John Calvin on Offenses
When we think of John Calvin, our minds may immediately conjure up this image of a towering theologian who explored, addressed, and sought to explain the depths of God’s revealed character as set forth in the Holy Scriptures. And while this is true, Calvin was at heart very much a pastor to those entrusted to his charge as their minister. He was very practical in the application of spiritual truth to the lives of his people. One example of this can be found in his great work, Institutes of the Christian Religion (III.19.11) where he offers us some very helpful advice on offenses, as he addresses “how they are to be distinguished” in our interpersonal relations with one another.
I have found this to be a wonderful insight in ministering to people in a congregation who are at odds with one another, and how offenses are to be understood in order to avoid them, and how to maintain peace and loving relations with each other. He states he favors “that common distinction between an offense given and one received, inasmuch as it has the clear support of scripture.” As redeemed men and women who are members one with another in the body of Christ, it is incumbent upon us to pursue peace and unity one with another.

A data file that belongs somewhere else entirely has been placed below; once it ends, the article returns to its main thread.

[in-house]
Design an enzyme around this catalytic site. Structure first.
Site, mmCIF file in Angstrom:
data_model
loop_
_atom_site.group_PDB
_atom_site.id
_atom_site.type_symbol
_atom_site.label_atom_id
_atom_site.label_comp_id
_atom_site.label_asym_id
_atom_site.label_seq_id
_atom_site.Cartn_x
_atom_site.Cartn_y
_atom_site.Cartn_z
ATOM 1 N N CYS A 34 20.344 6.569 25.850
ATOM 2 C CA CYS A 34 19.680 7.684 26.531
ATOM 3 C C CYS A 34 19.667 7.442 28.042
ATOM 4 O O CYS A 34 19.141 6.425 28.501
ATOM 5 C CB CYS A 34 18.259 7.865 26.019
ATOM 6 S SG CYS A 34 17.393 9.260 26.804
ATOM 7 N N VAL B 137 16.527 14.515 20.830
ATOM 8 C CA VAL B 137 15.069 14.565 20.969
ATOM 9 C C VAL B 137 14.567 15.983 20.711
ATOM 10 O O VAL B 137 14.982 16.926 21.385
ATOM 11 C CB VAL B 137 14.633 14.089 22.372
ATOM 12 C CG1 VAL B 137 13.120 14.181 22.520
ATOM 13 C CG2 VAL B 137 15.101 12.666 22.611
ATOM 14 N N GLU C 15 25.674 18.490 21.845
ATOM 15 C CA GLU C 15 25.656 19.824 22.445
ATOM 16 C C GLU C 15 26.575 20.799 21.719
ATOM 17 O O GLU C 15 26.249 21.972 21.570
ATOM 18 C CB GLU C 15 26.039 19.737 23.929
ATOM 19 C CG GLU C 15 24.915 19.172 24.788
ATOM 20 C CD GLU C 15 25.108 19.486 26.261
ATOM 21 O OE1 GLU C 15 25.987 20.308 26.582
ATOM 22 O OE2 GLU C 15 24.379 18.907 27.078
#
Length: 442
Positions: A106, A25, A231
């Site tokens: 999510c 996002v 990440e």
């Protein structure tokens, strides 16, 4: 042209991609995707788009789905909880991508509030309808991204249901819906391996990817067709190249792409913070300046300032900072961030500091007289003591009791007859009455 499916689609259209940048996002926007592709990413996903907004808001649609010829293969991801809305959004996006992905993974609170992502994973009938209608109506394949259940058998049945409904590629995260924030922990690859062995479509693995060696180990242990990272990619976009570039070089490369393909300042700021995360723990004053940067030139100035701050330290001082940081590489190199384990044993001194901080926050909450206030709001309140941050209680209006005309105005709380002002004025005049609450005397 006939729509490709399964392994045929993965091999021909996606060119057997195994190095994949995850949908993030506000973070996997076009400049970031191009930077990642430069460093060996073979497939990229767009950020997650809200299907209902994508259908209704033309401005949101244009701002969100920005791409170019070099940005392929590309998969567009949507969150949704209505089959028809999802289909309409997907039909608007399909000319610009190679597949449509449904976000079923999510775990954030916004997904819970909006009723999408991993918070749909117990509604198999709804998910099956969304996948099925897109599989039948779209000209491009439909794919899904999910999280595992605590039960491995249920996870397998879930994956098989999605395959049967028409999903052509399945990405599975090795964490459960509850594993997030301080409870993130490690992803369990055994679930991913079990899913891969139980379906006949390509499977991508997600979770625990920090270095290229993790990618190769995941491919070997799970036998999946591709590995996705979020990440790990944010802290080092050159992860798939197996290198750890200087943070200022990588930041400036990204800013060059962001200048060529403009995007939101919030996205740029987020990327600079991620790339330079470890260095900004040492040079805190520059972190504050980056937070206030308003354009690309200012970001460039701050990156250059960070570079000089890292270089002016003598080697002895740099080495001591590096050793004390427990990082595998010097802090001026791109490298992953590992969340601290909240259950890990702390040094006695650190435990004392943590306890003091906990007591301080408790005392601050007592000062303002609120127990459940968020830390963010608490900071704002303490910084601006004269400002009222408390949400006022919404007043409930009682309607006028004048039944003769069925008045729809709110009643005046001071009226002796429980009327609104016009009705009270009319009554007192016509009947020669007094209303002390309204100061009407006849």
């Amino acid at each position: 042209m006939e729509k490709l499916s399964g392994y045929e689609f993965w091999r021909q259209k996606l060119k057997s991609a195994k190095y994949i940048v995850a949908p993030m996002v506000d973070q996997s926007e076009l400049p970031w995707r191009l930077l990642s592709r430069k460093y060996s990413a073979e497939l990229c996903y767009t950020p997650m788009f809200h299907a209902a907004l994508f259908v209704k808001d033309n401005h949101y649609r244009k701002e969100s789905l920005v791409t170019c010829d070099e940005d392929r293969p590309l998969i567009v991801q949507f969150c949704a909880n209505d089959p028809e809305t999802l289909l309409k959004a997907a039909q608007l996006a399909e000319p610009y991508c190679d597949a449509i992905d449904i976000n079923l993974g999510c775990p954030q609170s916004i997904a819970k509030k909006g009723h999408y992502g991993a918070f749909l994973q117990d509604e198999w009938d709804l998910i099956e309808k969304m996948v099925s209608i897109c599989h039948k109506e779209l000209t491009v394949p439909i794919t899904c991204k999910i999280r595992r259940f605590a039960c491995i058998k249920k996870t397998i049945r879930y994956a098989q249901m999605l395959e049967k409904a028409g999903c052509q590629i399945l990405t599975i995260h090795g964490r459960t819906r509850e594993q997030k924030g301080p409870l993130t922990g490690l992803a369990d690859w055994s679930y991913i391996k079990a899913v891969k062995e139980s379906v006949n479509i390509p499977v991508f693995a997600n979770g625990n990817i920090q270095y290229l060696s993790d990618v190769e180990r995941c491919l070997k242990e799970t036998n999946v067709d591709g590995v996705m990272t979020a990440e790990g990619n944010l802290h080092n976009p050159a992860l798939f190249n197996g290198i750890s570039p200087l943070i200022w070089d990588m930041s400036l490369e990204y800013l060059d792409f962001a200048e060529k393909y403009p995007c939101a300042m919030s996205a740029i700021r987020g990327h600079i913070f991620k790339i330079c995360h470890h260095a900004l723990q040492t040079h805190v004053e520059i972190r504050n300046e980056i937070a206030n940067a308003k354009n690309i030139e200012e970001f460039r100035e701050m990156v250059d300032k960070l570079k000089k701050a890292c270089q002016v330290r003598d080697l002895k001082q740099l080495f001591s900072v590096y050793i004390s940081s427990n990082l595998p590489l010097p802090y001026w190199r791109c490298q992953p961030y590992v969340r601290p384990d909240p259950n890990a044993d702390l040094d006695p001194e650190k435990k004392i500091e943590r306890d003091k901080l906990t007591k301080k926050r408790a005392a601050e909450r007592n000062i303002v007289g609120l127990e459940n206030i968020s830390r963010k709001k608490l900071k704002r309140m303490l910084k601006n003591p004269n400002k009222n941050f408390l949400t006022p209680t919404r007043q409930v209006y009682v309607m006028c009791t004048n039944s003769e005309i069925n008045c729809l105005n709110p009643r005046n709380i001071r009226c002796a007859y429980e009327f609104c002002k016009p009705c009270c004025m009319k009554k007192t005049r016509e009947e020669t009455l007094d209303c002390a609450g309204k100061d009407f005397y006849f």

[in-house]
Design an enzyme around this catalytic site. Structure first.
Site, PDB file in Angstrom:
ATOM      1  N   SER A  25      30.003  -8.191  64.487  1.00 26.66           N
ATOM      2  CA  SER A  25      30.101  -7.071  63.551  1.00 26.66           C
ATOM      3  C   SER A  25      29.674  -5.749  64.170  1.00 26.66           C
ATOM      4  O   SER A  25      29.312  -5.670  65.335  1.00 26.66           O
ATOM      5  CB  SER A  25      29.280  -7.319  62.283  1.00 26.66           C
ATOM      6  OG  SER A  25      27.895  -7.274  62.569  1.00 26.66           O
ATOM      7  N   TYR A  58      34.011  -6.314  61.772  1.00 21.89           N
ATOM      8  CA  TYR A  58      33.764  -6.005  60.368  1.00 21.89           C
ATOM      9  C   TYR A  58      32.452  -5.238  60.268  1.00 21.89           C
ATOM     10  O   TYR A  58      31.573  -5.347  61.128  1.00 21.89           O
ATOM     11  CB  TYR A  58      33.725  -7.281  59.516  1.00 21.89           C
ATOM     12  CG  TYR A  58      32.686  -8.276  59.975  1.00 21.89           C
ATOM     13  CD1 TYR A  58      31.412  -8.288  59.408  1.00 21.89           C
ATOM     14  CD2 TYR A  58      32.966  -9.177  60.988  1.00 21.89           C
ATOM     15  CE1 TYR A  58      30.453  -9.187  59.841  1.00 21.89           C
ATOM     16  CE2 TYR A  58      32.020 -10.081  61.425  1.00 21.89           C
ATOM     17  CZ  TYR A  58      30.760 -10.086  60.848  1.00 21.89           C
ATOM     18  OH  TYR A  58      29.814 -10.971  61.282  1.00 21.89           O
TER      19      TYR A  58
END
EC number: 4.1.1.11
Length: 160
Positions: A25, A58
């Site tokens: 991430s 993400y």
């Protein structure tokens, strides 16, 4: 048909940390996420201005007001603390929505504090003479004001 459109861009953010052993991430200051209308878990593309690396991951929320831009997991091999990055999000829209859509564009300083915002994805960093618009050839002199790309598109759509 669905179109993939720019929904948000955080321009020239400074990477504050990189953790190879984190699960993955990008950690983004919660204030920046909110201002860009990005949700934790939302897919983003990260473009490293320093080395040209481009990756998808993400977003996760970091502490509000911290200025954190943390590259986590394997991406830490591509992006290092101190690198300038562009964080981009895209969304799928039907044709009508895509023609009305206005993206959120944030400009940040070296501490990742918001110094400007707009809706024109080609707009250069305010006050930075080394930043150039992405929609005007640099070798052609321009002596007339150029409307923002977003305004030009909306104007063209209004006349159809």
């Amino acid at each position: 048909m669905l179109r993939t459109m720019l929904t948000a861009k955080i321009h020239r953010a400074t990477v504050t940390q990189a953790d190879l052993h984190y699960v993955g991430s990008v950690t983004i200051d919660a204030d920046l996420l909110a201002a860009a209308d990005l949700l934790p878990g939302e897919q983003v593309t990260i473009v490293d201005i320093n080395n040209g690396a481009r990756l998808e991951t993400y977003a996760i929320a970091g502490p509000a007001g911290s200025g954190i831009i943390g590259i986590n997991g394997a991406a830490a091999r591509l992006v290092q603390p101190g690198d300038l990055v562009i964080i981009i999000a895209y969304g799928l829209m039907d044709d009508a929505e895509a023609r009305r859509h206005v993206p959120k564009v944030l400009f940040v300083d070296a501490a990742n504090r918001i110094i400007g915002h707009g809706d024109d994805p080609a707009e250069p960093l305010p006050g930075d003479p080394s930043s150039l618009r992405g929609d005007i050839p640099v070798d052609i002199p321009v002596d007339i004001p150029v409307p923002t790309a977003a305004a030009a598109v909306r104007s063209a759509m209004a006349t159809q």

And so Calvin explains to us this difference between “giving an offense” and “receiving or taking an offense.” He reminds us, “to be sure one speaks of an offense given in some matter when its fault arises from the doer of the thing itself,” that is, when we actually say and/or do something that is harmful or hurtful or unkind. But many times we tend to “receive or take offense” when in reality no offense has actually been given. And Calvin offers biblical caution not to give offense but also warns us against “ill will or malicious intent of mind” whereby we wrench something “into occasion for offense,” when no offense has been given. Brethren, let us pursue love with one another, and avoid walking around with a chip on our shoulder looking to construe the speech or actions of others into an offense when such an intention was never in the mind of our brother or sister. Let us remember Paul’s admonition regarding the love we are to exercise . . . "love suffers long and is kind . . . does not behave rudely, does not seek its own, is not provoked, thinks no evil . . . bears all things, believes all things, endures all things.” (1 Cor. 13:4,5, 7).